Discovering England's Burial Spaces (DEBS)

University of York, Historic England, 2020

Overview

Discovering England's Burial Spaces (DEBS)

Burial spaces offer a unique opportunity to study named individuals and the communities to which they belonged. In addition, burial space research can shed light on changes in fashion, society, economy, attitudes to death and commemoration.

Almost every graveyard contains a wide variety of monument types, and yet there is also a degree of standardisation. This means that gravestones offer a fascinating opportunity for classification. By analysing the adoption of particular monument forms and styles, it is possible to identify regional and national trends. More general changes over time are cross-cut by the particular preferences and predilections for memorialisation developed in relation to different social, religious and familial identities, the practicalities of paying for and sourcing materials, and the skills and stylistic leanings of individual masons.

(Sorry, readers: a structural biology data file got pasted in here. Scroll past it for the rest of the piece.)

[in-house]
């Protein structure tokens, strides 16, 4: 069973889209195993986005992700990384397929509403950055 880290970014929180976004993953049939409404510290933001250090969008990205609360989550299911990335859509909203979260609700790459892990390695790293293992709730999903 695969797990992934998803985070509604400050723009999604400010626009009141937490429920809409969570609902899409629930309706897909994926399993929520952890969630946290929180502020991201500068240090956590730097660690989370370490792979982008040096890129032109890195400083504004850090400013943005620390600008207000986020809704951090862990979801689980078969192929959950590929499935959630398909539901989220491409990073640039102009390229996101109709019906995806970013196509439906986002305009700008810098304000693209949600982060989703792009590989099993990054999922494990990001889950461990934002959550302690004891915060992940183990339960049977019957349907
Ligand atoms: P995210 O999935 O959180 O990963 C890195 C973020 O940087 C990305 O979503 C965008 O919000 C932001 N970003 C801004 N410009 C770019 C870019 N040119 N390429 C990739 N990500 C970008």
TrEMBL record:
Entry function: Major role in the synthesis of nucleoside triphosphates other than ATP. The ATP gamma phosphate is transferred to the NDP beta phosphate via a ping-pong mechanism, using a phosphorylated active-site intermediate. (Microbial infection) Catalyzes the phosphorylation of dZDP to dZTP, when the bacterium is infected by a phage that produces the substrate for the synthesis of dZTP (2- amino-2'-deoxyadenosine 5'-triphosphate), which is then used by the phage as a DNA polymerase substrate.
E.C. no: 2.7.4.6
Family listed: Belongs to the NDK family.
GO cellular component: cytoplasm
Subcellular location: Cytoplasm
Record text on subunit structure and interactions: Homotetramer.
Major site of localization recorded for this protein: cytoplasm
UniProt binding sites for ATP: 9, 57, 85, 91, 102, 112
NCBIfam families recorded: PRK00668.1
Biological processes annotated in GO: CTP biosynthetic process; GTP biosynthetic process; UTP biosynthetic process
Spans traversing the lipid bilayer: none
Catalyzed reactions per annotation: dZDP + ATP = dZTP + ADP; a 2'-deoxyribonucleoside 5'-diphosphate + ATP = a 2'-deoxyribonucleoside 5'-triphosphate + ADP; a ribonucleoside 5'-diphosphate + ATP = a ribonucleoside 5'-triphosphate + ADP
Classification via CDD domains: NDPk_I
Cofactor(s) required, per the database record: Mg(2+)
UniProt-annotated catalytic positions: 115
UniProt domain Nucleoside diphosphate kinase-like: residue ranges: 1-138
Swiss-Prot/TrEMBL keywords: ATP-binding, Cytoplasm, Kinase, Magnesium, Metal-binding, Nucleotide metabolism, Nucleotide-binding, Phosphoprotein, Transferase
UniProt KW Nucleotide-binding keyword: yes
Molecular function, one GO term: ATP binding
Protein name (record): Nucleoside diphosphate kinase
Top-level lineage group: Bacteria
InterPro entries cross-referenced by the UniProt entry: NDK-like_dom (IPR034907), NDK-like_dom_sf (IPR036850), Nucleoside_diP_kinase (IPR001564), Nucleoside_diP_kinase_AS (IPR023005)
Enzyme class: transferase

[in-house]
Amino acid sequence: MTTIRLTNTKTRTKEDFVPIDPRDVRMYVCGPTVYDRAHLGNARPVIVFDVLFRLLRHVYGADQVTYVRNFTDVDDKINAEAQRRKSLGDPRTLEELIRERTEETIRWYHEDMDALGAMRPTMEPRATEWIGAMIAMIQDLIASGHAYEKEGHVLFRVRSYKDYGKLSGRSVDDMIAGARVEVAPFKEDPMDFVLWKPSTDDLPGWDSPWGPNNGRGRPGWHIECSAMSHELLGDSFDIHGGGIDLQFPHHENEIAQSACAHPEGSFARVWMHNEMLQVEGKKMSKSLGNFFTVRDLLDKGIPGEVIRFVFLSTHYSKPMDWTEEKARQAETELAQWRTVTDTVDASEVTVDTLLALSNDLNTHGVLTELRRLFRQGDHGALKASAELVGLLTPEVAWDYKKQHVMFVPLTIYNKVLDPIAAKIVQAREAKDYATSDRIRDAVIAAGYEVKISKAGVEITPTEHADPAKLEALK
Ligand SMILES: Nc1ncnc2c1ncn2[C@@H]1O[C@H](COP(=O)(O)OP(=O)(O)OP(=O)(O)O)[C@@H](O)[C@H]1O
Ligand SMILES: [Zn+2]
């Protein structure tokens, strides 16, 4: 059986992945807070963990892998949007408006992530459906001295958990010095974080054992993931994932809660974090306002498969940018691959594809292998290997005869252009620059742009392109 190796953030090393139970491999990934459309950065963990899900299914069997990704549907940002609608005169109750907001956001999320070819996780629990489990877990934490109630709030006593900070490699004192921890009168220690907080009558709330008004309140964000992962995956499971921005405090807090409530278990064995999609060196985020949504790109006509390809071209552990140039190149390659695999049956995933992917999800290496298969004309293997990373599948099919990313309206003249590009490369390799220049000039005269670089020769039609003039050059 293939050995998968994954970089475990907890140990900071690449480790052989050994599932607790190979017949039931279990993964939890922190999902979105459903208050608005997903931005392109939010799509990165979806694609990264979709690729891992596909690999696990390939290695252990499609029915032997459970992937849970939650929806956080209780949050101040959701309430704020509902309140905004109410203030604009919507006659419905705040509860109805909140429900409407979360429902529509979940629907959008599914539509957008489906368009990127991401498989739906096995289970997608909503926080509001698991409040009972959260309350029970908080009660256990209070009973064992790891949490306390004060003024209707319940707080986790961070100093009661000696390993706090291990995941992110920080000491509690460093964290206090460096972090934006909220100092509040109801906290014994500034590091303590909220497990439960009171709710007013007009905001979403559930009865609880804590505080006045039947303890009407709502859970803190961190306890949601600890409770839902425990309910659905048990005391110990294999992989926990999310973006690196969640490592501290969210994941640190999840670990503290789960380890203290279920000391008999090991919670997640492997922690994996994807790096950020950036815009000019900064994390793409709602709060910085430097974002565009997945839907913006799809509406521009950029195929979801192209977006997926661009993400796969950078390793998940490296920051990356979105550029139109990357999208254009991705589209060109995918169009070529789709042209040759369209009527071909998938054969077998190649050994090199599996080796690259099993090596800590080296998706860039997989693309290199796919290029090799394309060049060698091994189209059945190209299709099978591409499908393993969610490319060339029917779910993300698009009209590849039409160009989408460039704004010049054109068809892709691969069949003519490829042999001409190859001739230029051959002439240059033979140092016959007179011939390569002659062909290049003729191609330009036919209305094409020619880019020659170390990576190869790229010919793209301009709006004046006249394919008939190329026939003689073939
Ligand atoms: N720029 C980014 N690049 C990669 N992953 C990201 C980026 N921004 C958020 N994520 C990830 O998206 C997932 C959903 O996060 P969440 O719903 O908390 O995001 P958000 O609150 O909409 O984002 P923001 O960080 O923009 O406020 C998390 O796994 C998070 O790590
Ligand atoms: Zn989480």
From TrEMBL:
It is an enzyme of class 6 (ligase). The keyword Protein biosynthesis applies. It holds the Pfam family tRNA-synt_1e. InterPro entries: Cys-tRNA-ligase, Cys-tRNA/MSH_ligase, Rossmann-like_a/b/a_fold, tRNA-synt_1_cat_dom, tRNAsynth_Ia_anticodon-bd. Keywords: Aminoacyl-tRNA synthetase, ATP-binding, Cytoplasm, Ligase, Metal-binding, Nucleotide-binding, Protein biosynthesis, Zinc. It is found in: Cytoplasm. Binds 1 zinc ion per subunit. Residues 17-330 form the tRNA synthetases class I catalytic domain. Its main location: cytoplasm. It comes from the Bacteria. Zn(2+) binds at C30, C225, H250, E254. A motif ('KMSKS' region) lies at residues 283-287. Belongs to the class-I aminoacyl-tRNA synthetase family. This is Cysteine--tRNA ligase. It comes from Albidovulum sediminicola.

Surveys submitted to the Burial Space Research Database have been standardised to a format agreed with representatives from community groups, Historic England and Churchcare during the DEBS project, and the system described in the Council for British Archaeology handbook Recording and Analysing Graveyards has been updated by Harold Mytum and will be available for use by community groups and heritage professionals, together with advice documentation. This ordering of data allows fine-grained comparisons within and between datasets, enabling exciting new burial space research that transcends individual sites and surveys.


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